My Why: The reason I splay my heart open on the internet

Ever since I started sharing my writing publicly, which is nearly four years now, I’ve been asking myself: why the fuck do I do this? It can’t be for the attention—I got more of that when I was a model. It can’t be for the money—thus far I’ve been paid in peanuts for my work. It can’t be for the fuck of it—I’m not that gracious with my time.

I think my why boils down to an inherent and incessant need to express concepts that conflicted me growing up because who I am today is a result of overcoming them. Being raised in a Lebanese household in an American society meant countless restrictions...that my friends didn't have. I was brought up to follow what my elders told me blindly, and to keep my opinions to myself. This isn’t my parents’ fault; it’s the culture I come from, and it has its reasons for being the way it is. In the same breath though, I was encouraged by my environment to project what the world wants to see: sexy, fun, and above all, agreeable.

But I’m not always sexy, fun, or agreeable. None of us are. Human nature is far more complex than that. I’ve been stuck in limbo for most of my young adult life trying to give the world what they want to see, only to find that with each effort, I feel emptier inside. This past year, I wanted to get serious with my writing. I wanted to share my work with the world. But I was mislead into thinking that in order to be relevant, I needed to give the world what I think they want.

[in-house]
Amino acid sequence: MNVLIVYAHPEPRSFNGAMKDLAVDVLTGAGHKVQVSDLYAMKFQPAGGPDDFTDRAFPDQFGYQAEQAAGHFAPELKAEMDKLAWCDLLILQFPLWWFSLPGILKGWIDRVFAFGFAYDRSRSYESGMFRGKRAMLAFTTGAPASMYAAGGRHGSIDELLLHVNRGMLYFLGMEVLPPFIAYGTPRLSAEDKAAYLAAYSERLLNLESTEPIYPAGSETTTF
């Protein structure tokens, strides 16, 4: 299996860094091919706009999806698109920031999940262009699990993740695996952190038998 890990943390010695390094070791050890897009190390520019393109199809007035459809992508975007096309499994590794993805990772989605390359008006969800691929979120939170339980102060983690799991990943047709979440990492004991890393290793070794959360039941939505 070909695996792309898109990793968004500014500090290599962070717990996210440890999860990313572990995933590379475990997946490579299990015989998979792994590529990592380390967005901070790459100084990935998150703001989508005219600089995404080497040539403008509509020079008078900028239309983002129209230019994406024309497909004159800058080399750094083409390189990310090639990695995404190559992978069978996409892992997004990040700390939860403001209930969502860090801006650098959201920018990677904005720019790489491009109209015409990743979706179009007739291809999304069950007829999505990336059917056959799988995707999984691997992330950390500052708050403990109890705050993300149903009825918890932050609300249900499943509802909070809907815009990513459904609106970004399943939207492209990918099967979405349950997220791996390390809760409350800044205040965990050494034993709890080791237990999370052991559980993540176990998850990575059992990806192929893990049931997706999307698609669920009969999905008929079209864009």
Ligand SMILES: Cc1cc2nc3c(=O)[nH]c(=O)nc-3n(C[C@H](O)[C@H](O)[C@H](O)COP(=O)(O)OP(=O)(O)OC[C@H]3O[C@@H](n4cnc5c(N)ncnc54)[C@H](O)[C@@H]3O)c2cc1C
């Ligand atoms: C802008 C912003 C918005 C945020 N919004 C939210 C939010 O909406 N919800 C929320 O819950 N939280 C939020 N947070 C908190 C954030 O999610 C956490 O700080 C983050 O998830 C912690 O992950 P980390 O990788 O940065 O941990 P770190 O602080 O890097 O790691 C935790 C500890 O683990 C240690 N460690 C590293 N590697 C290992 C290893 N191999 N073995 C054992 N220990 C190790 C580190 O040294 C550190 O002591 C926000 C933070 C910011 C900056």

I missed the entire of point of sharing. Suddenly, I had nothing to say because nothing felt relevant.

It felt as if I lost my voice when I tried to find it.

I lost my authenticity because I didn't remain true to my curiosity. My next book is about the sexual taboo in Lebanon, and everything that comes along with it. The awkwardness of learning what a period is with Arab parents who refuse to have "the talk." The shock of confronting purity culture and sexism in Lebanon with an American mentality. The infuriation of being trash-talked by people who've never met me before. The disappointment when those people ended up marrying my friends. Lebanon is a small country. It's nearly impossible to run away from your past, and since I can't run away from mine, I'm taking on the bold task of confronting it on paper.

Exploring the taboos of Middle Eastern culture, a world that is far out of reach to most because it is so adamant about staying hush-hush, does several things. It melts the misconceptions that outsiders have, and it shows conflicted insiders that they're not alone. The five years I spent in Lebanon were the loneliest years of my life, even though I was never alone. I had friends. I had boyfriends. I had relatives. But I never felt understood or accepted for who I was, and that was very hard.

When we heal the pain that limits our potential, we heal the pain that limits others too. Any attempt at healing others without first healing oneself is superficial at best. I carried around a lot of pain growing up; I was torn between two worlds. I'm ready to share that pain now, because I've done the work to overcome it and be at home in my body. The pain isn't raw anymore, and I think my honesty can be of service to others whose pain is.

So this is my why this year. I don’t know who’ll stick around for it—but I’m learning that it doesn’t matter. The results should never be what push us to show up. Regardless of the outcomes, I am here to do the work.